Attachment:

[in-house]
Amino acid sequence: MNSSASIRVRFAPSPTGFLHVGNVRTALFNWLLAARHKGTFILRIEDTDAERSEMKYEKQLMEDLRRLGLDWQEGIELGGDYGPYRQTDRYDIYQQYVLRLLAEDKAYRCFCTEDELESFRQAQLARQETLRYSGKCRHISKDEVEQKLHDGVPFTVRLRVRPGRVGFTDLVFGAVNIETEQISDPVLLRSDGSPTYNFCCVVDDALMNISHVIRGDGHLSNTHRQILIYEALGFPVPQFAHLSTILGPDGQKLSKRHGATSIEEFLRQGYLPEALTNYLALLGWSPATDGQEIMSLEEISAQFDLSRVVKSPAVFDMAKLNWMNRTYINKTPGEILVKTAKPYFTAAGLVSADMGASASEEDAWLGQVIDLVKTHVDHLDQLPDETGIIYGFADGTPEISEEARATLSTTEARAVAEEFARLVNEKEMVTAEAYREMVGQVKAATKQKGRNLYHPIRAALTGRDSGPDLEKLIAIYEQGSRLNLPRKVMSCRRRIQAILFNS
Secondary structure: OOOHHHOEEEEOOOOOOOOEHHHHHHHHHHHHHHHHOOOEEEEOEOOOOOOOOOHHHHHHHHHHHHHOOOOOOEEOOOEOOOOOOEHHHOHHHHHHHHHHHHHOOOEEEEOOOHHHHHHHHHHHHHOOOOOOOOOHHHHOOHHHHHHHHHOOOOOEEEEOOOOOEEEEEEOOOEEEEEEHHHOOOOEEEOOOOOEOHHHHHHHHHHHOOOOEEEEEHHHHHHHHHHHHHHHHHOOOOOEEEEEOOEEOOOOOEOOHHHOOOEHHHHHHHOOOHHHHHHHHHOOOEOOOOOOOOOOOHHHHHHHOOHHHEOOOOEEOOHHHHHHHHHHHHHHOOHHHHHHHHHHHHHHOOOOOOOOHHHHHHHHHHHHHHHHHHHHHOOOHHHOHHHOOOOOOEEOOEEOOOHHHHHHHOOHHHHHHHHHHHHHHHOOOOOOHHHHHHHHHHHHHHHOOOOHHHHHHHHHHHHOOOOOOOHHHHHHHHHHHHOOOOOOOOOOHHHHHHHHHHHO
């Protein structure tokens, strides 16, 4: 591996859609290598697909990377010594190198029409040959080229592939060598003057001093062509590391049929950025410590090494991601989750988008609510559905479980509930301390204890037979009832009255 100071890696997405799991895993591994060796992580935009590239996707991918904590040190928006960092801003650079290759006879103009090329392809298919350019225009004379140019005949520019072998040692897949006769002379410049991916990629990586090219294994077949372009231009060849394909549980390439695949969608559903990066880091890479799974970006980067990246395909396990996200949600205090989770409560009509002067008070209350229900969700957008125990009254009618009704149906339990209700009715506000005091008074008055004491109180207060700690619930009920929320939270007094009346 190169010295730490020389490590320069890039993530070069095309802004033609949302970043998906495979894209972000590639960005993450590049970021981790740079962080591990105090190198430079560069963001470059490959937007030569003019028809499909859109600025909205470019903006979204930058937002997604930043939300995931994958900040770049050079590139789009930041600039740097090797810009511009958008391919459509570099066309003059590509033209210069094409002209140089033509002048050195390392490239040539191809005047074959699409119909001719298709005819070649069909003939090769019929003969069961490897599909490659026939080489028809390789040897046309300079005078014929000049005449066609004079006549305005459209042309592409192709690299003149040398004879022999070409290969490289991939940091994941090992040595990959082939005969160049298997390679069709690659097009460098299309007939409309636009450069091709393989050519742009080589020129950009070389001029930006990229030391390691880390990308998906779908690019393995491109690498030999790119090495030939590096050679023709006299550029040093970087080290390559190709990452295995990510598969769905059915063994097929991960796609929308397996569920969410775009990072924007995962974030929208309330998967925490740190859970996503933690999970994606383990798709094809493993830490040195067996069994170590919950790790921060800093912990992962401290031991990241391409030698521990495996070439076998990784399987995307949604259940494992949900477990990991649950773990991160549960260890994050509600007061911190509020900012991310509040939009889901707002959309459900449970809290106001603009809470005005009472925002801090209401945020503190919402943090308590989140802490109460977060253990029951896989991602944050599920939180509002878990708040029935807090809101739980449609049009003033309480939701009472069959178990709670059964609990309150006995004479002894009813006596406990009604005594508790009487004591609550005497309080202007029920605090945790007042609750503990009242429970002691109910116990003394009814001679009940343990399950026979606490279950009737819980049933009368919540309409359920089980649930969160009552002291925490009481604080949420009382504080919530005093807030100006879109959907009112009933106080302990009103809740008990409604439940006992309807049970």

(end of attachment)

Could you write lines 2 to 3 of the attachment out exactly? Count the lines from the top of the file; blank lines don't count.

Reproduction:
Amino acid sequence: MNSSASIRVRFAPSPTGFLHVGNVRTALFNWLLAARHKGTFILRIEDTDAERSEMKYEKQLMEDLRRLGLDWQEGIELGGDYGPYRQTDRYDIYQQYVLRLLAEDKAYRCFCTEDELESFRQAQLARQETLRYSGKCRHISKDEVEQKLHDGVPFTVRLRVRPGRVGFTDLVFGAVNIETEQISDPVLLRSDGSPTYNFCCVVDDALMNISHVIRGDGHLSNTHRQILIYEALGFPVPQFAHLSTILGPDGQKLSKRHGATSIEEFLRQGYLPEALTNYLALLGWSPATDGQEIMSLEEISAQFDLSRVVKSPAVFDMAKLNWMNRTYINKTPGEILVKTAKPYFTAAGLVSADMGASASEEDAWLGQVIDLVKTHVDHLDQLPDETGIIYGFADGTPEISEEARATLSTTEARAVAEEFARLVNEKEMVTAEAYREMVGQVKAATKQKGRNLYHPIRAALTGRDSGPDLEKLIAIYEQGSRLNLPRKVMSCRRRIQAILFNS
Secondary structure: OOOHHHOEEEEOOOOOOOOEHHHHHHHHHHHHHHHHOOOEEEEOEOOOOOOOOOHHHHHHHHHHHHHOOOOOOEEOOOEOOOOOOEHHHOHHHHHHHHHHHHHOOOEEEEOOOHHHHHHHHHHHHHOOOOOOOOOHHHHOOHHHHHHHHHOOOOOEEEEOOOOOEEEEEEOOOEEEEEEHHHOOOOEEEOOOOOEOHHHHHHHHHHHOOOOEEEEEHHHHHHHHHHHHHHHHHOOOOOEEEEEOOEEOOOOOEOOHHHOOOEHHHHHHHOOOHHHHHHHHHOOOEOOOOOOOOOOOHHHHHHHOOHHHEOOOOEEOOHHHHHHHHHHHHHHOOHHHHHHHHHHHHHHOOOOOOOOHHHHHHHHHHHHHHHHHHHHHOOOHHHOHHHOOOOOOEEOOEEOOOHHHHHHHOOHHHHHHHHHHHHHHHOOOOOOHHHHHHHHHHHHHHHOOOOHHHHHHHHHHHHOOOOOOOHHHHHHHHHHHHOOOOOOOOOOHHHHHHHHHHHO